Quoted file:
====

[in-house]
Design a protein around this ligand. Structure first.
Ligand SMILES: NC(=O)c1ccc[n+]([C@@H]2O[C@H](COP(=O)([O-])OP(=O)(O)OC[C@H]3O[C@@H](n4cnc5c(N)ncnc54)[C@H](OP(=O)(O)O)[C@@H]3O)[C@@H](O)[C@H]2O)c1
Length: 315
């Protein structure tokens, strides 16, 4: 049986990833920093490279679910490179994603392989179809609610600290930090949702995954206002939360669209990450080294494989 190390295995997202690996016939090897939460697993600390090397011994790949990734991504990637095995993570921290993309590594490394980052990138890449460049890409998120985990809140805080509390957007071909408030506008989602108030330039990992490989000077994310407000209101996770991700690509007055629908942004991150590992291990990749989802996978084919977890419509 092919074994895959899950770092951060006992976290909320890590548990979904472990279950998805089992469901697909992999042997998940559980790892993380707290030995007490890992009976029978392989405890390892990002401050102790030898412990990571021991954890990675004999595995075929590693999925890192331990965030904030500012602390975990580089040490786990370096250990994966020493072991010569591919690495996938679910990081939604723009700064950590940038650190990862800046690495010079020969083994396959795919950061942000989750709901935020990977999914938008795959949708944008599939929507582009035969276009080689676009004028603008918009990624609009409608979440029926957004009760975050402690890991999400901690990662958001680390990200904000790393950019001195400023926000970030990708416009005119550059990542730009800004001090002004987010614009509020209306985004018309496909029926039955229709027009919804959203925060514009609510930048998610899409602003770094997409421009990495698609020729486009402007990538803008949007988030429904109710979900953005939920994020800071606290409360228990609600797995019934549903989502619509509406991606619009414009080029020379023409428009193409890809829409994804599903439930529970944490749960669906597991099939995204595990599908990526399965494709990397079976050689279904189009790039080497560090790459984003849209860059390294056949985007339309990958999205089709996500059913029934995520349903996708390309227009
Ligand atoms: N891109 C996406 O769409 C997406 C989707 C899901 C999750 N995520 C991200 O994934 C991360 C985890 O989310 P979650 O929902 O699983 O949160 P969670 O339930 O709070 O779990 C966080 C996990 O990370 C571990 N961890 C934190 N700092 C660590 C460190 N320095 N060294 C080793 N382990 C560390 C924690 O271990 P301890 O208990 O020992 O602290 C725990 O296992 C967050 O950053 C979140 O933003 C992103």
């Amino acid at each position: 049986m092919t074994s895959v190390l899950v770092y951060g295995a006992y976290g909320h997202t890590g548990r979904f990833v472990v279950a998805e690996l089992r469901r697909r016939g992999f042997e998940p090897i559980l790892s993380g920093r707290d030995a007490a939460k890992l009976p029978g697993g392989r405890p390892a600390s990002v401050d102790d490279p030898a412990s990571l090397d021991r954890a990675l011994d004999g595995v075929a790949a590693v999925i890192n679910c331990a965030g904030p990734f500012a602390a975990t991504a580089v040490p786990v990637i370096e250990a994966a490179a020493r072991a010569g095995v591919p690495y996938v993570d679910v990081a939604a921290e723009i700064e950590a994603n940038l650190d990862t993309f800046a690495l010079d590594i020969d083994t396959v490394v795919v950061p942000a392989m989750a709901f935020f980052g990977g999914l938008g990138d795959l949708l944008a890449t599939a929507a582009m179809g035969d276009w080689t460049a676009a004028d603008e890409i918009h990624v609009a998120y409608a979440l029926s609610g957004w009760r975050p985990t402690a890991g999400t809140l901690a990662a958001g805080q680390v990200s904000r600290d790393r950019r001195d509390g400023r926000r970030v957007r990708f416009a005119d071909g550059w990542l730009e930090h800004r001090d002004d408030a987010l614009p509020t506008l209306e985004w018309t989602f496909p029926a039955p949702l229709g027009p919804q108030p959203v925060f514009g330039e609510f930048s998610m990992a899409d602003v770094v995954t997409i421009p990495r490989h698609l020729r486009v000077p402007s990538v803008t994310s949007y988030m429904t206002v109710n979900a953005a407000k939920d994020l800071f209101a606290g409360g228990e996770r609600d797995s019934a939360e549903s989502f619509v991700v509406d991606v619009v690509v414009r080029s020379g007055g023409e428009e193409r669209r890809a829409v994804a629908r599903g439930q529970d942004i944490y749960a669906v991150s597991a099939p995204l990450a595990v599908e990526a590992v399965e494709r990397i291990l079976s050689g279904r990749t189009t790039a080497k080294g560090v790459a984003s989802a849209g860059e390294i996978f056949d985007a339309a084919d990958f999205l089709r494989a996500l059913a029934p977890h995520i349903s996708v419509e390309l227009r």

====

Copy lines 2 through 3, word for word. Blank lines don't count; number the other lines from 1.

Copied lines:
Design a protein around this ligand. Structure first.
Ligand SMILES: NC(=O)c1ccc[n+]([C@@H]2O[C@H](COP(=O)([O-])OP(=O)(O)OC[C@H]3O[C@@H](n4cnc5c(N)ncnc54)[C@H](OP(=O)(O)O)[C@@H]3O)[C@@H](O)[C@H]2O)c1